I am a big believer in the future of cryptocurrencies. But it seems the creators of these amazing forces have been getting a free pass. So long as prices were soaring and speculators were reaping outsized returns, who could complain? At one point the two biggies, bitcoin and ether appreciated in price more than 7,000%. But what price are we paying in terms of our security. Just as important, what are we willing to sacrifice for anonymity?
In the soul of every human being on the face of the planet there is disdain for government. In some of us it may be only a passing annoyance over a traffic ticket. In others it might verge on boiling anger over POTUS. Either way, the idea of gaining control over government holds universal appeal.
It’s this notion of having control that draws so many into the family of cryptocurrency believers. The sovereignty of bitcoin, ether, Litcoin or anyone of the many altcoins is empowering. Even if all of your transactions are completely legal, the very possibility of being beyond the reach of any tax authority is compelling.
Of course, if your motives are nefarious. . . . well we won’t go into that.
The Flaws of Government
Putting your hard earned fiat currencies into crypto may provide an escape from the government that issued that currency, but are you getting better governance? So far the jury is still deciding. This is just one opinion but here is what is missing.
Blockchain technology started out as a breakthrough in technology created by highly creative developers but things have moved well beyond that stage. If cryptocurrencies reach the potential they are touted to possess, they have to be treated as a business. That doesn’t necessitate maximizing profits, but it means being more user centric.
Speculators want higher prices, users want security, fungibility and ease of use. These last two are evolving and are low risk aspects. There is no substitute for security and for all of the anonymity of Private Keys, crypto holders have lost a ton of dough. What is disturbing to this observer is the appearance of weak governance.
Robbing The Bank
Some of the worst security is in crypto wallets where last year hackers made off with more than $100 million in ether leaving holders with nothing. As a believer in crypto and the owner of a few, I am put off every time that I log onto my wallet having to go through countless pages warning of the risks of storing coins in their vault and having my Private Key visible to hackers. The suggestion is to pay up for one of several separate storage device at a price of about $100. Of course transfering my crypto to this highly secure device will result in a fee charged by my wallet provider.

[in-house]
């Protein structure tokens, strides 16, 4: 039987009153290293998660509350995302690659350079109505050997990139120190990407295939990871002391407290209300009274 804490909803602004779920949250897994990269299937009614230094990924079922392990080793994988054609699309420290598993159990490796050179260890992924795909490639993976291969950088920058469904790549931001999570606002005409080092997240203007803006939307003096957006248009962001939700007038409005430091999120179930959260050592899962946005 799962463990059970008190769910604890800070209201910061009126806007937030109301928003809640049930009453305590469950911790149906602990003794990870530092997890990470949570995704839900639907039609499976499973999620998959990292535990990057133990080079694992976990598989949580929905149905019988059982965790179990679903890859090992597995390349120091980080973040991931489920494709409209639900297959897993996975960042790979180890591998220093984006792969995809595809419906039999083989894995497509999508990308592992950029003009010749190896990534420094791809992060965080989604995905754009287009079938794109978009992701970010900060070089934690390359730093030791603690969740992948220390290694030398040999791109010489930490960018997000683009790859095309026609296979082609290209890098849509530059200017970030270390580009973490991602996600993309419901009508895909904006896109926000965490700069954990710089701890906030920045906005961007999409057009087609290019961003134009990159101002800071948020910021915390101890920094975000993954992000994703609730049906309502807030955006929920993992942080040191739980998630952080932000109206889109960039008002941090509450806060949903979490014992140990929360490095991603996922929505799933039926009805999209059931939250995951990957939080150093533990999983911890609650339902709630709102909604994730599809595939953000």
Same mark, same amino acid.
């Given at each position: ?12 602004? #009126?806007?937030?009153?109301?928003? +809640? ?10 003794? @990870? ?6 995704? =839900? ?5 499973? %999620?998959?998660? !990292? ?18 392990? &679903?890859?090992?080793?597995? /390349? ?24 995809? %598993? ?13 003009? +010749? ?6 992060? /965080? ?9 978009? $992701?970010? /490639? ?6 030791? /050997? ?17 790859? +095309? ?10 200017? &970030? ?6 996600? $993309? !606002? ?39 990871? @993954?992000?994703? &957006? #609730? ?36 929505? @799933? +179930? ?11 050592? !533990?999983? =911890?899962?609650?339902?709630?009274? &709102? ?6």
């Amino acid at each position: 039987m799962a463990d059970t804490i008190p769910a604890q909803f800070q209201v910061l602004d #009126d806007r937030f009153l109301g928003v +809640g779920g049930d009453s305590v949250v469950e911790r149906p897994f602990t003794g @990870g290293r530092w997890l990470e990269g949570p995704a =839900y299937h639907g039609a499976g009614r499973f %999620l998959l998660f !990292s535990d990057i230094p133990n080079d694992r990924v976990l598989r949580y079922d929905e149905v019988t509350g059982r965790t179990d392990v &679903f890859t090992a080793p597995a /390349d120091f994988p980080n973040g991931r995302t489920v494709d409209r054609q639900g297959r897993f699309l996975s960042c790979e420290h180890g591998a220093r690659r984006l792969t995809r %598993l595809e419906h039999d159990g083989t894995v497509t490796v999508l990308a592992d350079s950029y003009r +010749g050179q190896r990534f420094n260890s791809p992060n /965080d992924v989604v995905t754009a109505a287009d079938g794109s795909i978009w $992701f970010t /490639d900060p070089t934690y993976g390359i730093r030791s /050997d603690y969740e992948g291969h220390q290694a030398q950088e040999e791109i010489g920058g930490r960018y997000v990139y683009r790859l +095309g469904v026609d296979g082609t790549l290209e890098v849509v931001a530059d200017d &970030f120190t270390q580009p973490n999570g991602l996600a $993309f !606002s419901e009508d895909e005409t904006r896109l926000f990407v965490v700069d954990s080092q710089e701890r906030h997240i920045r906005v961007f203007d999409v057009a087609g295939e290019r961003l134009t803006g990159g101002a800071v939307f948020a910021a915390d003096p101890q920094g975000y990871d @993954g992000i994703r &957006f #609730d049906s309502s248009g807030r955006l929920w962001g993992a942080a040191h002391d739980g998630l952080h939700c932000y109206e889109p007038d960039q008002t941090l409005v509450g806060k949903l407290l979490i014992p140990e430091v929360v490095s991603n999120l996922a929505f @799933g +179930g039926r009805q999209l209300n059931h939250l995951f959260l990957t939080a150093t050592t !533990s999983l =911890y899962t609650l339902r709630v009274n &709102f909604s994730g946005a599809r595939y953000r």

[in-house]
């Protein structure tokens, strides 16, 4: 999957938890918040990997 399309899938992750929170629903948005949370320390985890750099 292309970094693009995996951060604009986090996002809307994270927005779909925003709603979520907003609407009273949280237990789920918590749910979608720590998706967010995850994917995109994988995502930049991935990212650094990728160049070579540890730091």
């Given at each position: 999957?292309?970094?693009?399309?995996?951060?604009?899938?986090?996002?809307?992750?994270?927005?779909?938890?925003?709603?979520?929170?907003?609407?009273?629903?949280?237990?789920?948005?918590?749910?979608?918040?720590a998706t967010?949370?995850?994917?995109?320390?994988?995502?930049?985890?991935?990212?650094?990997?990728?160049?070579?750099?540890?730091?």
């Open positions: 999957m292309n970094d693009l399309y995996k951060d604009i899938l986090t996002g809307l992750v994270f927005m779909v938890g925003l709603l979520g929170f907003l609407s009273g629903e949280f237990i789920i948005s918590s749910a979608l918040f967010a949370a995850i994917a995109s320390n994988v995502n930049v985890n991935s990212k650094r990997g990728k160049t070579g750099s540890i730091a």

I recently caught a story on a startup company Bitfury that is creating a set of software tools to track suspicious bitcoin activity. That is very cool, of course, but that is just a startup and narrowly focused on one crypto. The need is much larger.
Managing The Bank
People put their bucks in banks knowing their deposits are insured by the FDIC. Banks are among the most heavily regulate business in the world. Banks are in business to maximize the number of mindless transactions of their customers.
The movers and shakers of cryptocurrencies need to take action. What has been done about Parity Technologies dating way back to last November? That was when a black swan event took place in the Ethereum ecosystem. A bug was activated in the multi-signature wallet released by Parity Technologies. The bug resulted in users permanently losing access to $150+million in frozen funds.
Democracy Doesn’t Work In Business
Governance in the crypto is as close to a pure democracy as can be found anywhere. Everyone’s voice gets heard. Unfortunately that makes for slow decision making and most likely the reason why democracy doesn’t work well in business.
After creating a possible solution to lost, frozen or hacked coins, developers have come up with a proposal dubbed EIP 867. In simple terms, this creates a process by which requests from aggrieved holders could be submitted in a straightforward and executable format to a specified authority.
Common sense dictates there must be a mechanism for replacement of lost or stolen. If you put your money in a bank and it is lost, the FDIC has your back covered. If someone steals your credit card, you call the 800 number.
However, the opposing point of view is that EIP 867 would threaten the integrity of the Ethereum platform. According to recent news, this is an issue that is being hotly contested. With all respect to the important details that may make this so controversial, long term believers in ether and all the other currencies prize security and the comfort of having recourse when bad things happen.
The Days Of Pure Speculation Are Over
In a recent article that addressed the current stalemate in crypto pricing, I suggested that whatever speculative bubble that ever existed in cryptocurrency was over. Now comes the time, with prices way off their highs, for long term investors to step up to the plate. It doesn’t matter if these folks are newly created hedge funds or individuals, nobody is willing to see their funds disappear. Before cryptocurrencies reach mass audiences, security must improve. The day that happens, prices will go significantly higher.
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